Here’s my newest, due out next May.
Not White Enough is a comprehensive examination of a century of bigotry against Chinese and Japanese Americans that culminated in the infamous Supreme Court decision Korematsu v. United States: the landmark ruling that upheld the illegal imprisonment of more than 100,000 innocent men, women, and children who were falsely accused of endangering national security during World War II. This book is the first to trace the full arc of prejudice against Asian Americans that made internment inevitable and serves as a legal and political history of anti-Asian racism, beginning with the California gold rush and ending with the infamous Korematsu decision.
Not White Enough demonstrates how the lines between law and politics blurred for decades to enable a two-tiered system of justice where constitutional guarantees of equality under law were no longer upheld for all people. Goldstone examines each of the key Supreme Court decisions—including Wong Kim Ark, Ozawa, and Thind—as not simply jurisprudence but as expressions of political will. He chronicles the political history of racism that made Japanese internment almost inevitable, highlighting the key roles San Francisco mayors James D. Phelan and Eugene Schmitz, political boss Abe Ruef, California attorney general Ulysses Webb, and future Chief Justice Earl Warren played in instigating some of the most egregious anti-Asian legislation, all for political convenience and gain. Goldstone also illustrates Chinese and Japanese immigrants’ courage and determination to carve out a place for themselves in a country that did everything it could to reject them.
Already got some nice comments:
“Written with flair and a sense of drama, Not White Enough is a very good, attention-grabbing read. Goldstone locates anti-Japanese sentiment in the United States during the first half of the twentieth century within the broader context of Asian exclusion and weaves a cautionary tale using recent events as reminders that issues of racial animus in immigration are not simply relics of the past. Ranging from local politics to international events, from the Boodle Boys to baseball diplomacy, from alien land laws to secret information-gathering on the loyalty of West Coast Nisei and Issei, and from Earl Warren’s relationship with the Sons of the Golden West to key Supreme Court cases such as Korematsu, Not White Enough offers something for every reader.”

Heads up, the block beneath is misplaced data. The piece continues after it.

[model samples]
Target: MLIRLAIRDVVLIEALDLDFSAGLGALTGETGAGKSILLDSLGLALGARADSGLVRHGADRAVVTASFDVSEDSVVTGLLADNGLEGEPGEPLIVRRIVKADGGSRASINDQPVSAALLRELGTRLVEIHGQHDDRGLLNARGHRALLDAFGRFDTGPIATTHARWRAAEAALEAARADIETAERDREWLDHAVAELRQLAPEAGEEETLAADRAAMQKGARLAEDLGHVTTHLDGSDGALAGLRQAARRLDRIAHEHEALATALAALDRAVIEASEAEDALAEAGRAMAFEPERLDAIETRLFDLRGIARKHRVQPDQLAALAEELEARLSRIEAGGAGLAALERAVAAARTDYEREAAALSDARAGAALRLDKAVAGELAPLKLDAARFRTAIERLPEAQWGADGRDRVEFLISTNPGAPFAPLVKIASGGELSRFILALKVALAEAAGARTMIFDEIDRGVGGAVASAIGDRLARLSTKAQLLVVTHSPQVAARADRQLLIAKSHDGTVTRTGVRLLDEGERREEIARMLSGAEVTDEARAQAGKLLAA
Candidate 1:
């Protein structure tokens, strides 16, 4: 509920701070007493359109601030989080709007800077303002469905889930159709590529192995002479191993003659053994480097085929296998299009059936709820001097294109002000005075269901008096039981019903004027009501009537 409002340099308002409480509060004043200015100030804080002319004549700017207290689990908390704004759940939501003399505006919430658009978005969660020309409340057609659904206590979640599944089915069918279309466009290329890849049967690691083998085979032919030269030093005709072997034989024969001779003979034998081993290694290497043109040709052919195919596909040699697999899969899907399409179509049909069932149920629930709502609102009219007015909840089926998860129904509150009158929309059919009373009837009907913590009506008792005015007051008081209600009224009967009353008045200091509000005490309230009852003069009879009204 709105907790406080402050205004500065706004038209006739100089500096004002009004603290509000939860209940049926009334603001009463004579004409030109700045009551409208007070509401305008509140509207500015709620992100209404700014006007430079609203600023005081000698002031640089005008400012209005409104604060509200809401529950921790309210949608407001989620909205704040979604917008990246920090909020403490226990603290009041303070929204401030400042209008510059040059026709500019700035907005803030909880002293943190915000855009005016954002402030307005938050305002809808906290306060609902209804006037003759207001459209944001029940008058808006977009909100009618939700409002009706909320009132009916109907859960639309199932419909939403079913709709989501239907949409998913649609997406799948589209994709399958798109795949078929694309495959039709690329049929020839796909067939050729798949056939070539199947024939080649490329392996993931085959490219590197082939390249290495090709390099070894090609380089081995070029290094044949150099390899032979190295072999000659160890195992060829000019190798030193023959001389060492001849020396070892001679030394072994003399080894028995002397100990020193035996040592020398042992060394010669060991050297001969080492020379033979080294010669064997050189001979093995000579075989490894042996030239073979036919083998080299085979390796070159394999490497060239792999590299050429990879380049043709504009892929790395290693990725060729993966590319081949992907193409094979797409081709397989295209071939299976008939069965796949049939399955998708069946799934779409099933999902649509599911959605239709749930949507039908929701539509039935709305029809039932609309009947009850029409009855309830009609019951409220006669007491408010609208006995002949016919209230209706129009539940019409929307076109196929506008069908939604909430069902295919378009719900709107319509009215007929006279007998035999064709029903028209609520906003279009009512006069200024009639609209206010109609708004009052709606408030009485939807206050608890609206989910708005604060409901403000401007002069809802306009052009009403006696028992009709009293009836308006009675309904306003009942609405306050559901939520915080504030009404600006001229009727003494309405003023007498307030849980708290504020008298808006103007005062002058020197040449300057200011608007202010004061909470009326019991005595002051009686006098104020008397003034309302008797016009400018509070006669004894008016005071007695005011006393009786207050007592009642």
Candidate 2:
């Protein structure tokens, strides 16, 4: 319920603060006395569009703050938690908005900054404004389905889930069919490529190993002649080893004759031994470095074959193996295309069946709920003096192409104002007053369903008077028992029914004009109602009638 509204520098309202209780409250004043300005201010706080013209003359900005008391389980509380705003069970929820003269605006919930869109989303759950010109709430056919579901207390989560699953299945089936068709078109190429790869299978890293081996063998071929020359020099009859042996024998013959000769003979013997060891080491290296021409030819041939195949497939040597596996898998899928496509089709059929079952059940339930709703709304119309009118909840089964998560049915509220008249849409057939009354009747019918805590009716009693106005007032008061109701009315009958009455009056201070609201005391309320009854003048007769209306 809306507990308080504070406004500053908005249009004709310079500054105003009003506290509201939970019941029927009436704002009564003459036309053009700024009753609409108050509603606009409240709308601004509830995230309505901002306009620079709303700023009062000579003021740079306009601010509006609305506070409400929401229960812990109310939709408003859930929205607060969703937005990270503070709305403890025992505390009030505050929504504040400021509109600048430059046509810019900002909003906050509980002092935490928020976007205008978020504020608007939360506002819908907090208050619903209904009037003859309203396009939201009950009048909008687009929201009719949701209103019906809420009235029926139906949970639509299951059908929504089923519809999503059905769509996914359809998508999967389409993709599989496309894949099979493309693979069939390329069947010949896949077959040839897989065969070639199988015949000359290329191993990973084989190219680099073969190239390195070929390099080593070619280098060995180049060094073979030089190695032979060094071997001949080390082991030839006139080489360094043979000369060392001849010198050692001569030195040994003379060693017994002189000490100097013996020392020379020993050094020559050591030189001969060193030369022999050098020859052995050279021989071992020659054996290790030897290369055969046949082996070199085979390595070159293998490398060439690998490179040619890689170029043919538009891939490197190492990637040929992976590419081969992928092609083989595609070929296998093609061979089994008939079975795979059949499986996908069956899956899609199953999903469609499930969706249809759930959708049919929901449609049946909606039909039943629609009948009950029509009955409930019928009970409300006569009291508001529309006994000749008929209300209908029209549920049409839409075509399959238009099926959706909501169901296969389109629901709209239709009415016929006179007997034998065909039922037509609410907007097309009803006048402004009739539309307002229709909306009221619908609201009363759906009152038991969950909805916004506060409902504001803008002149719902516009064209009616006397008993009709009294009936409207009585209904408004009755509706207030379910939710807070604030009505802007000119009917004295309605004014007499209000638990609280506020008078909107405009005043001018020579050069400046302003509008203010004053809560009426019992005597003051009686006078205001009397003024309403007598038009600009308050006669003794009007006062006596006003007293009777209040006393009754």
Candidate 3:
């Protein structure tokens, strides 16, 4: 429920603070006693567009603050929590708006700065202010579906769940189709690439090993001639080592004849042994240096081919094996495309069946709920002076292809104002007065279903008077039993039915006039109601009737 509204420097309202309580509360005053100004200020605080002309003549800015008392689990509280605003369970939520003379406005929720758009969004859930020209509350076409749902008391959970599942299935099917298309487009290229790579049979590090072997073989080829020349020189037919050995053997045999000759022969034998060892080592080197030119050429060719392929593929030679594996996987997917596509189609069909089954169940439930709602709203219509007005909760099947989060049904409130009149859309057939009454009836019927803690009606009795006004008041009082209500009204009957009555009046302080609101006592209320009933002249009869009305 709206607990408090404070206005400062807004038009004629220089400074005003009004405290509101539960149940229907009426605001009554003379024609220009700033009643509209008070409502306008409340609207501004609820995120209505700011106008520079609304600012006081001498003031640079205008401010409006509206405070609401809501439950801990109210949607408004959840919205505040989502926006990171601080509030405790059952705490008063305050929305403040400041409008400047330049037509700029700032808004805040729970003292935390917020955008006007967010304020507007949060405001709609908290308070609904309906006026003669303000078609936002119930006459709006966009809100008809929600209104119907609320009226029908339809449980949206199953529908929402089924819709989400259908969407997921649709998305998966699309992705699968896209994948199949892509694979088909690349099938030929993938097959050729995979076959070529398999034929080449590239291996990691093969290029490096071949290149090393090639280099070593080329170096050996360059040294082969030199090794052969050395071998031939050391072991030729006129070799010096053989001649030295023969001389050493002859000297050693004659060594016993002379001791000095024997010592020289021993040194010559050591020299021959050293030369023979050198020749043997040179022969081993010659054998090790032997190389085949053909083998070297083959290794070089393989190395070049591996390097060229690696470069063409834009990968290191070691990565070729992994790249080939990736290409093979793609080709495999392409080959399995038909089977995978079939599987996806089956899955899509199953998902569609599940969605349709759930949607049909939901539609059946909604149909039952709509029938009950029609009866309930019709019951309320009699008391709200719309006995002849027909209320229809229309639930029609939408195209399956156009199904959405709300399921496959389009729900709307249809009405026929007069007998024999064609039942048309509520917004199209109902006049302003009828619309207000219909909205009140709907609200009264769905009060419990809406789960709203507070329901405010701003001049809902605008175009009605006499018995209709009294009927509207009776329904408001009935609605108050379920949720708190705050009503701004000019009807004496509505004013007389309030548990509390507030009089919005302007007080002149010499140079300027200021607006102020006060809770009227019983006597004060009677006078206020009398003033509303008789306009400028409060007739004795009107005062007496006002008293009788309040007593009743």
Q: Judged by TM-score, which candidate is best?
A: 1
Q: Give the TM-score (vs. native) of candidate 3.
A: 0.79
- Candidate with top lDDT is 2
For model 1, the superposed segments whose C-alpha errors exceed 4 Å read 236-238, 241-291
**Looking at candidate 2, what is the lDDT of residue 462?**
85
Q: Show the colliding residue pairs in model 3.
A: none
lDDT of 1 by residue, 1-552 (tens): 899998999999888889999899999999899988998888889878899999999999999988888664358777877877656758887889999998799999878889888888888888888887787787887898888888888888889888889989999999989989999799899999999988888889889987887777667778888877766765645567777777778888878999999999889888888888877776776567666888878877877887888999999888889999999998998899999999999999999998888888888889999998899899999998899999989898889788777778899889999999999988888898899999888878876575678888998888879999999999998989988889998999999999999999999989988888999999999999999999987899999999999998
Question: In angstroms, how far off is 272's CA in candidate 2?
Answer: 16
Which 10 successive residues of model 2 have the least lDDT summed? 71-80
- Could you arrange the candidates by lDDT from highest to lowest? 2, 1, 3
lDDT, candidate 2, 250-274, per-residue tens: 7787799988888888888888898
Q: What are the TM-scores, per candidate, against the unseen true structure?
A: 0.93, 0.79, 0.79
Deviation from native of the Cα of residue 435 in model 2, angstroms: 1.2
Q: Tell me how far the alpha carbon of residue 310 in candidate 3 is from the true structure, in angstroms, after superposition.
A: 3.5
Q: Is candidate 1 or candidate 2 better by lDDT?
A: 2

—Carol Nackenoff, Richter Professor Emerita of Political Science at Swarthmore College and coauthor of American by Birth: Wong Kim Ark and the Battle for Citizenship
“While Korematsu v. United States remains a shameful monument of American racism in constitutional law, this book tells the story of how the anti-Japanese animus that produced internment during World War II developed from nearly a century of anti-Asian mobilization. This exclusionary movement, directed first at Chinese immigrants but ultimately extending to US citizens of Asian ancestry, was carried out by white residents in the West, government officials, and federal court judges, including members of the Supreme Court. Alongside this story, the book provides a compelling narrative of how Japanese immigrants persisted, finding inspiration in American ideals of justice, equality, and patriotism. A timely and critical historical contribution!”
—Julie Novkov, professor of political science and women’s, gender, and sexuality studies, University at Albany, SUNY
“Not White Enough is an excellent analysis of the raw, unalloyed history of racial discrimination of Japanese and other Asian immigrants. It is also a vivid narrative of the paradox of democracy: if America is a democracy, then freedom of speech is a sacrosanct principle. When, as Goldstone examines so acutely, immigration policy is an issue, free speech must allow full and free civil discourse leading to passage of needed legislation. Democracy is threatened, ironically, by its primary value: freedom of speech and the use of social media to convey speech. Can defenders of the value of truth in policy discussions counter fake news persons? Goldstone’s book shows that this battle still rages on and there is no pacific settlement of the dilemma.”
—Howard Ball, professor emeritus of political science, University of Vermont, and author of several books, including Justice in Mississippi: The Murder Trial of Edgar Ray Killen; Murder in Mississippi: United States v. Price and the Struggle for Civil Rights; and The Bakke Case: Race, Education, and Affirmative Action